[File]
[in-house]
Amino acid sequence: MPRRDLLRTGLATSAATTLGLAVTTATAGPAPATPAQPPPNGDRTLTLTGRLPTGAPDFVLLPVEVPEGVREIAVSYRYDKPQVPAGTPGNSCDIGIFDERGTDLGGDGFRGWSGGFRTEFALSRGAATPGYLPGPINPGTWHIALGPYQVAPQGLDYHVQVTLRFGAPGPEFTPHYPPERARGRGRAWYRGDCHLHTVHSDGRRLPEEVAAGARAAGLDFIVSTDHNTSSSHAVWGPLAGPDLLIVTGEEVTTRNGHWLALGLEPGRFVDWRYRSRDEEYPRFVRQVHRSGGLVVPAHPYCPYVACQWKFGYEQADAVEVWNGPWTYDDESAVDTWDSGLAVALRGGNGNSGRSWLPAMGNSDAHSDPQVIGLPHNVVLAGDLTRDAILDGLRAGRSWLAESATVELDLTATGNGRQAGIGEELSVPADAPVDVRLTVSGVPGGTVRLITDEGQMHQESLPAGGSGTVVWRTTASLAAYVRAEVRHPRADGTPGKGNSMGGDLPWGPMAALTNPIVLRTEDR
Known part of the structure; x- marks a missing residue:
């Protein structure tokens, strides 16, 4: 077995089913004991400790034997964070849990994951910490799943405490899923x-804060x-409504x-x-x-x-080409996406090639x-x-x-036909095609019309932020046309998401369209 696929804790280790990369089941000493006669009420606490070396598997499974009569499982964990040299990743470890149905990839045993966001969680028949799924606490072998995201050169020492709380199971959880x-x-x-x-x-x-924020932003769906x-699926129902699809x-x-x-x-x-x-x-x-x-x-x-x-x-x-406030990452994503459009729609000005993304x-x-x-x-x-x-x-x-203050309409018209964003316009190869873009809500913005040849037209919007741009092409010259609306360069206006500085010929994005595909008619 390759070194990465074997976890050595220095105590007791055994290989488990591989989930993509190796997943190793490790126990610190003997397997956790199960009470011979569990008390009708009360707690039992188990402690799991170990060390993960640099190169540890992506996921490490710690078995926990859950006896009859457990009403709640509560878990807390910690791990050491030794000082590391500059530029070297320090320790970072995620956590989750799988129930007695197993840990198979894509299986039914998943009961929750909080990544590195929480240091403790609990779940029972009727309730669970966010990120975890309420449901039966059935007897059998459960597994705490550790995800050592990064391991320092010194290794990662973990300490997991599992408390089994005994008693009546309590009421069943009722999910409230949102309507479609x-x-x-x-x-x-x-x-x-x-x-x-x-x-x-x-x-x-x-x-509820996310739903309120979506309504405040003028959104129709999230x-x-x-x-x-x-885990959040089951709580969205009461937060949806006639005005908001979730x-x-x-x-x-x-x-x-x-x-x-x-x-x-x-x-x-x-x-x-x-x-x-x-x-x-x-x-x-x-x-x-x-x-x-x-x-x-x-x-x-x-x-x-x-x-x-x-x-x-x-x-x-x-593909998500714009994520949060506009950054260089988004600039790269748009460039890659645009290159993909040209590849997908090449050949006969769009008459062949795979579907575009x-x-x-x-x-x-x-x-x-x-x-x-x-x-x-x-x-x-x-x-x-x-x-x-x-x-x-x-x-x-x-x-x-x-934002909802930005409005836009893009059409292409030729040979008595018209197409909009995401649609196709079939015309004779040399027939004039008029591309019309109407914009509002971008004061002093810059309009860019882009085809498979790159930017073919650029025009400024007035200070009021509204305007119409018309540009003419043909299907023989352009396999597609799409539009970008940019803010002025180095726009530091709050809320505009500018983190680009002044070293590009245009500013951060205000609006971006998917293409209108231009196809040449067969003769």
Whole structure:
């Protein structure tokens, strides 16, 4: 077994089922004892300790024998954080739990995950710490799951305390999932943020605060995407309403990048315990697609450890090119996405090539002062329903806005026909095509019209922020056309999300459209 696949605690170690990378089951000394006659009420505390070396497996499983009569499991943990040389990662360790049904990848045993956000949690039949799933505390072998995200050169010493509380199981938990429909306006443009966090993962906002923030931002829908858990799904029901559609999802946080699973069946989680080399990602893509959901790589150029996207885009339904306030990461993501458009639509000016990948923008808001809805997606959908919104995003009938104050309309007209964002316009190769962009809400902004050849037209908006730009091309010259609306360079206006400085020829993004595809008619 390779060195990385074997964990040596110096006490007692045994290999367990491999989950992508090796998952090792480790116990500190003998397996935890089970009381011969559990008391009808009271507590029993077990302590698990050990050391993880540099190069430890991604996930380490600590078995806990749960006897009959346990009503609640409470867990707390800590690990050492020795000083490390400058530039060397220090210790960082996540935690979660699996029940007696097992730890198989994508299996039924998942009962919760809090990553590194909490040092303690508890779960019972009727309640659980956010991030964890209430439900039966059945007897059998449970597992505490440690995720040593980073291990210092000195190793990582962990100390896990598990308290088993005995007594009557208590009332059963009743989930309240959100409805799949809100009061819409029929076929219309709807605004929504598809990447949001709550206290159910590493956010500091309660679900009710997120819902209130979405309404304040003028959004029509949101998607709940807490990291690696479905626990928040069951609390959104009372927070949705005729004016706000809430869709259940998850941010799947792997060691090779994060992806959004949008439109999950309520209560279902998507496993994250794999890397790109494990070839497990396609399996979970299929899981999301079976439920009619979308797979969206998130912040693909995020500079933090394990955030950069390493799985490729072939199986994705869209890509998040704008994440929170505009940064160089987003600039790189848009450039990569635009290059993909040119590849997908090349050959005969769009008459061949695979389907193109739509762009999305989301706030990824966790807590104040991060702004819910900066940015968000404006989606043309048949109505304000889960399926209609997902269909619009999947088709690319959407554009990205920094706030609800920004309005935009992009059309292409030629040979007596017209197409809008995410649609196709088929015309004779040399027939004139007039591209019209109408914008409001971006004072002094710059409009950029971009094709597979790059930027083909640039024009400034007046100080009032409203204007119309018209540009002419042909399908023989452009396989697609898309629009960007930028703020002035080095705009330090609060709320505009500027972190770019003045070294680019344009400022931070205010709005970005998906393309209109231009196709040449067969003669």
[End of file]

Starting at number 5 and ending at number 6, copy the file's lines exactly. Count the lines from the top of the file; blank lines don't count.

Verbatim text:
Whole structure:
């Protein structure tokens, strides 16, 4: 077994089922004892300790024998954080739990995950710490799951305390999932943020605060995407309403990048315990697609450890090119996405090539002062329903806005026909095509019209922020056309999300459209 696949605690170690990378089951000394006659009420505390070396497996499983009569499991943990040389990662360790049904990848045993956000949690039949799933505390072998995200050169010493509380199981938990429909306006443009966090993962906002923030931002829908858990799904029901559609999802946080699973069946989680080399990602893509959901790589150029996207885009339904306030990461993501458009639509000016990948923008808001809805997606959908919104995003009938104050309309007209964002316009190769962009809400902004050849037209908006730009091309010259609306360079206006400085020829993004595809008619 390779060195990385074997964990040596110096006490007692045994290999367990491999989950992508090796998952090792480790116990500190003998397996935890089970009381011969559990008391009808009271507590029993077990302590698990050990050391993880540099190069430890991604996930380490600590078995806990749960006897009959346990009503609640409470867990707390800590690990050492020795000083490390400058530039060397220090210790960082996540935690979660699996029940007696097992730890198989994508299996039924998942009962919760809090990553590194909490040092303690508890779960019972009727309640659980956010991030964890209430439900039966059945007897059998449970597992505490440690995720040593980073291990210092000195190793990582962990100390896990598990308290088993005995007594009557208590009332059963009743989930309240959100409805799949809100009061819409029929076929219309709807605004929504598809990447949001709550206290159910590493956010500091309660679900009710997120819902209130979405309404304040003028959004029509949101998607709940807490990291690696479905626990928040069951609390959104009372927070949705005729004016706000809430869709259940998850941010799947792997060691090779994060992806959004949008439109999950309520209560279902998507496993994250794999890397790109494990070839497990396609399996979970299929899981999301079976439920009619979308797979969206998130912040693909995020500079933090394990955030950069390493799985490729072939199986994705869209890509998040704008994440929170505009940064160089987003600039790189848009450039990569635009290059993909040119590849997908090349050959005969769009008459061949695979389907193109739509762009999305989301706030990824966790807590104040991060702004819910900066940015968000404006989606043309048949109505304000889960399926209609997902269909619009999947088709690319959407554009990205920094706030609800920004309005935009992009059309292409030629040979007596017209197409809008995410649609196709088929015309004779040399027939004139007039591209019209109408914008409001971006004072002094710059409009950029971009094709597979790059930027083909640039024009400034007046100080009032409203204007119309018209540009002419042909399908023989452009396989697609898309629009960007930028703020002035080095705009330090609060709320505009500027972190770019003045070294680019344009400022931070205010709005970005998906393309209109231009196709040449067969003669």